Ah, mealtime.  Many parents of toddlers will say that mealtimes are the time of day they dread the most.  Whether it’s because their children can’t sit still, throw food across the room or have become more “picky” with what they’ll agree to eat, it’s certainly a topic many parents struggle with.

If mealtime has become a battleground in your home, here are some tips to keep in mind:

1.) It is the parent’s job to offer healthy food options and it is the child’s job to choose what and how much he will eat.

As difficult as it may be, this is where parents have to realize that they can’t control whether or not (or how much) their kids eat.  Many parents worry that their kids will not get the proper nutrition or will wake up hungry if they don’t eat a full meal.  Remember that kids will take in exactly what they need so long as they are being offered healthy choices.  Many pediatricians will say that it’s more important to look at how kids eat over the course of a week versus just one or two days.  Take the pressure off yourself.

To avoid a power struggle, simply (and calmly) offer healthy food items (for some kids, it can take 10 times of being exposed to a new food before a child will try it) and let your child take it from there (difficult as that may be).  Also, be sure your child is well hydrated throughout the day.  Resist the urge to beg, plead or bribe your child to eat, as that will only fuel a power struggle.

2.) Be careful of becoming a short-order cook.

If your child does not want to eat what you have prepared do not make a separate meal.  Instead, have two standard choices available such as fruit or yogurt/cheese (preferably, the fruit is handheld or pre-cut so that mealtime is not disturbed for everyone else).  As your kids get older and they do not want what is being served, they can have the option to make their own meal (peanut butter and jelly, anyone?). If necessary, you can tell your child, “I’m sorry to hear you do not like what is being served.  Your options are fruit or yogurt.  You can decide.”

3.) Don’t ban “treats” or dessert.

When we deny our kids (even ourselves) of treats, the treats end up becoming the “forbidden food,” which makes it all the more interesting, desirable and what they will want the most.  Instead, we want to promote a healthy relationship with food.  Rather than thinking in terms of “good” foods and “bad” foods, it’s important to think in terms balance, moderation and portion control. So, consider allowing a small treat during the day (say after school) or, if you prefer, with a meal or after a meal (examples include a few m&m’s, a few chocolate chips, a piece of candy. Again, the key is moderation and portion control).  Don’t feel that your kids have to finish what’s on their plate in order to have dessert. This sets up a vicious cycle where kids view dessert as the forbidden food and rush through their meals to attain it.  When treats and dessert are not seen as off limits, they lose their power.  Again, parents have control over when and how many treats their kids can have. Better yet, you can ask your child when he would like to have his treat. Once he’s had his “allowance” for the day, he’ll know he can have another treat tomorrow (and if he forgets, you can remind him). Once kids are allowed to have these special foods, their desire for more and more naturally decreases.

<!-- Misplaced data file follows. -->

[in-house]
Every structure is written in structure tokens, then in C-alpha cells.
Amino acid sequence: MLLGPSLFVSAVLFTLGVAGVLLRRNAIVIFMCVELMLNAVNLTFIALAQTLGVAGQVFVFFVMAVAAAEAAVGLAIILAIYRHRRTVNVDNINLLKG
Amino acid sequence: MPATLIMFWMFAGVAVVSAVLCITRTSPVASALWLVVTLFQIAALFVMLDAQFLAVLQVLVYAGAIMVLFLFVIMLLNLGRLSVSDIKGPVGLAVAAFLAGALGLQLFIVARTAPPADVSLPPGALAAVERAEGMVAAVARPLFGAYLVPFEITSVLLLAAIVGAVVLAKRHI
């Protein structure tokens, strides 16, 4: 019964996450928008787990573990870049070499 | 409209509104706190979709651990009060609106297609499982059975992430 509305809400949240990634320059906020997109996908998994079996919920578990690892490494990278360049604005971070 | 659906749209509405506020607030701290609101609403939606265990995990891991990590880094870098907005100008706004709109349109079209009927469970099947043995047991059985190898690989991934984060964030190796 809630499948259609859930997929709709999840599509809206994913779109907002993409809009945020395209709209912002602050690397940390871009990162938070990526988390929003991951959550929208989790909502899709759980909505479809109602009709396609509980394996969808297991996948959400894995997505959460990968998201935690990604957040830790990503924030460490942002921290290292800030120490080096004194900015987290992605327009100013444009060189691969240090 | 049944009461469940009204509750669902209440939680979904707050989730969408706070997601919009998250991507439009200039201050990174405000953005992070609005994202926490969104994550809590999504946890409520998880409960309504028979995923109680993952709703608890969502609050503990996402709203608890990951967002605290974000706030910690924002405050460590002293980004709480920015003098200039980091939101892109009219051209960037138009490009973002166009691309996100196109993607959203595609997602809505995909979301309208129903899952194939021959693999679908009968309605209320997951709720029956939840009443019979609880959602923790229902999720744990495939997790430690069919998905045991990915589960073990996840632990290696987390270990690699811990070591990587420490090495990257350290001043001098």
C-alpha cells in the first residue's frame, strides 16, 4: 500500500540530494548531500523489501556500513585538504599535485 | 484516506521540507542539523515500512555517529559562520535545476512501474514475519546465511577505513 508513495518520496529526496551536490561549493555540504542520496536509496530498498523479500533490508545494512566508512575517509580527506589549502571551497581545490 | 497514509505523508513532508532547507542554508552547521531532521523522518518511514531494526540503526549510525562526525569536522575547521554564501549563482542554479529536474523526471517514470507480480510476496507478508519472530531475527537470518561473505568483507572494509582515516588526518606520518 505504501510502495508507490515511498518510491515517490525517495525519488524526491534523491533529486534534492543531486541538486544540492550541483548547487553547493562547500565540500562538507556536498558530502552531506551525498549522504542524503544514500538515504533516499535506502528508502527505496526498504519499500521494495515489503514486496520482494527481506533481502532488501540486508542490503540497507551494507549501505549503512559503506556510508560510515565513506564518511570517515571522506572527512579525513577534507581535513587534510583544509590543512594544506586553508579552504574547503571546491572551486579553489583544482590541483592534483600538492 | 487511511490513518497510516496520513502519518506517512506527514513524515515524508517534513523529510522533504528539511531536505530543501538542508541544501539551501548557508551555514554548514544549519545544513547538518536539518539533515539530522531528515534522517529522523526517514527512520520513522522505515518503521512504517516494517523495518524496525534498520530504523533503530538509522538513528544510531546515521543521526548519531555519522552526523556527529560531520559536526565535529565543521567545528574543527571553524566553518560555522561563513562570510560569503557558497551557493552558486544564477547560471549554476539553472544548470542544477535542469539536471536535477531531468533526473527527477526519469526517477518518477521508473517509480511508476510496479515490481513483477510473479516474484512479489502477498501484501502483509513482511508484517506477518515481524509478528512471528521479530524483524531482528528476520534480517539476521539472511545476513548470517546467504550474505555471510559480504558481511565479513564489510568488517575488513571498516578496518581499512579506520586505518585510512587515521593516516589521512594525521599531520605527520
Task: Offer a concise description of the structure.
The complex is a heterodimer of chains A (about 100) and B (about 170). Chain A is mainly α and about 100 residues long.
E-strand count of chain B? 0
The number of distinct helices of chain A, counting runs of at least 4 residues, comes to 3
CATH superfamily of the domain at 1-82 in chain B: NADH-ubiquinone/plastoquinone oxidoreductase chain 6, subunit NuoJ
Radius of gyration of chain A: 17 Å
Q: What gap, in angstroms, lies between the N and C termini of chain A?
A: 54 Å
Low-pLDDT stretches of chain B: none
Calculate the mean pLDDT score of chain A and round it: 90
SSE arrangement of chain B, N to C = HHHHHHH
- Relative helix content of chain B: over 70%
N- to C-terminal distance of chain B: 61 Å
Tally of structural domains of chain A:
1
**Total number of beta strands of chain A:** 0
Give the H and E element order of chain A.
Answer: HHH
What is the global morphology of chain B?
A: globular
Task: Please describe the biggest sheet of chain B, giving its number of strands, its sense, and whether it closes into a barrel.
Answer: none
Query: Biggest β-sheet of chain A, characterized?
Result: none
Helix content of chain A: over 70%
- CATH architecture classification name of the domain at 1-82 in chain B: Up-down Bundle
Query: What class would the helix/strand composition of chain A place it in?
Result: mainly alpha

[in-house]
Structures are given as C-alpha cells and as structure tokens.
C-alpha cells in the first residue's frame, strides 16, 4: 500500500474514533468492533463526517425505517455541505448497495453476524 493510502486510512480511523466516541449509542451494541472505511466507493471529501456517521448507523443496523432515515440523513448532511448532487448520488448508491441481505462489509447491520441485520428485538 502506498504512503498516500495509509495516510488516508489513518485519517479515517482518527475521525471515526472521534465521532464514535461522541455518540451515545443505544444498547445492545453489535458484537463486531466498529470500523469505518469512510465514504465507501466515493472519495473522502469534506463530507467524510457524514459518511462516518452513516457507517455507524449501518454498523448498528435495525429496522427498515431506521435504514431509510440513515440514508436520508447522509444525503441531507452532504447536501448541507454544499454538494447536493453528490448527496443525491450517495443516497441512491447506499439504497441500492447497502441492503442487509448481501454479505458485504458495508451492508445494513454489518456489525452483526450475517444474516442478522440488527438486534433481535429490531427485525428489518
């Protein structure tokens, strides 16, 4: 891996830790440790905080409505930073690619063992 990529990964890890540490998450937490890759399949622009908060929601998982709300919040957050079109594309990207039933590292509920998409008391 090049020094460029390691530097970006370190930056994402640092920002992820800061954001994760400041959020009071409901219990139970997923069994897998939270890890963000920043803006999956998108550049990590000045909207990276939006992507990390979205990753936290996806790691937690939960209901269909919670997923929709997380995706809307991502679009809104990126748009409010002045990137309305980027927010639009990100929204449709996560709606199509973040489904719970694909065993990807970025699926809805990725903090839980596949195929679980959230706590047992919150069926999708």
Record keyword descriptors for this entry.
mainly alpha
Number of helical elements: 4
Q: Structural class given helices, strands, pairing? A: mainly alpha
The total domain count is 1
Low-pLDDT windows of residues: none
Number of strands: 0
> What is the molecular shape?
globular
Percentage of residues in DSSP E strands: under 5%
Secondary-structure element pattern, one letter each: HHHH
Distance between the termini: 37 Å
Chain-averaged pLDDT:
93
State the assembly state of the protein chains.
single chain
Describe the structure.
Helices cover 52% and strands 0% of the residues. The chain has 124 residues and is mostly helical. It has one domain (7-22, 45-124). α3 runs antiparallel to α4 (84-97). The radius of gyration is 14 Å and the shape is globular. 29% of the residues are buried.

4.) Kids model what they see.

Make sure you have a variety of healthy options on your plate.  Model how fun it is to try new foods and how enjoyable meals can be.  Again, simply enjoy your food without putting pressure on your child to enjoy his.

5.) Try finding out what your child is willing to eat.

Sit down with your child at a time when things are calm. Enlist his help in making a list of the foods he is willing to eat and consider setting up a meal chart with him.  For example, choose a mealtime (breakfast, lunch or dinner), add the days of the week and for each day of the week, have your son choose one of the items on the list that he would like to eat (using pictures of the items can be helpful).  Getting kids involved in the creation of routines is a respectful approach that models problem-solving and decision making, while increasing the likelihood of gaining cooperation.

6.) Get kids involved in the process of cooking and meal preparation.

Our kids are always looking for ways to belong, feel significant and in control.  What better way to help meet these needs then by enlisting their help in the kitchen? Take your child to the grocery store with you.  Go to the produce area and point out all of the vibrant colors.  Pick up a vegetable and ask him what he thinks it is.  Talk about where it comes from and the amazing things that fruits and vegetables do for our bodies.  Remember, food is energy! Ask your child what he would like to help you make using the fruits and vegetables he sees.  Get out a recipe book, preferably one with pictures and give him some choices.  Not only is this a way of educating your child, but think about the bond and sense of connection you are creating in the process of choosing healthy meals and cooking together.

Above all, give your child the message that you love him unconditionally and trust that he will make healthy choices for himself, when he’s ready.  It takes two to have a power struggle, so avoid accepting the invitation by trying the above suggestions.

Bon Appetit!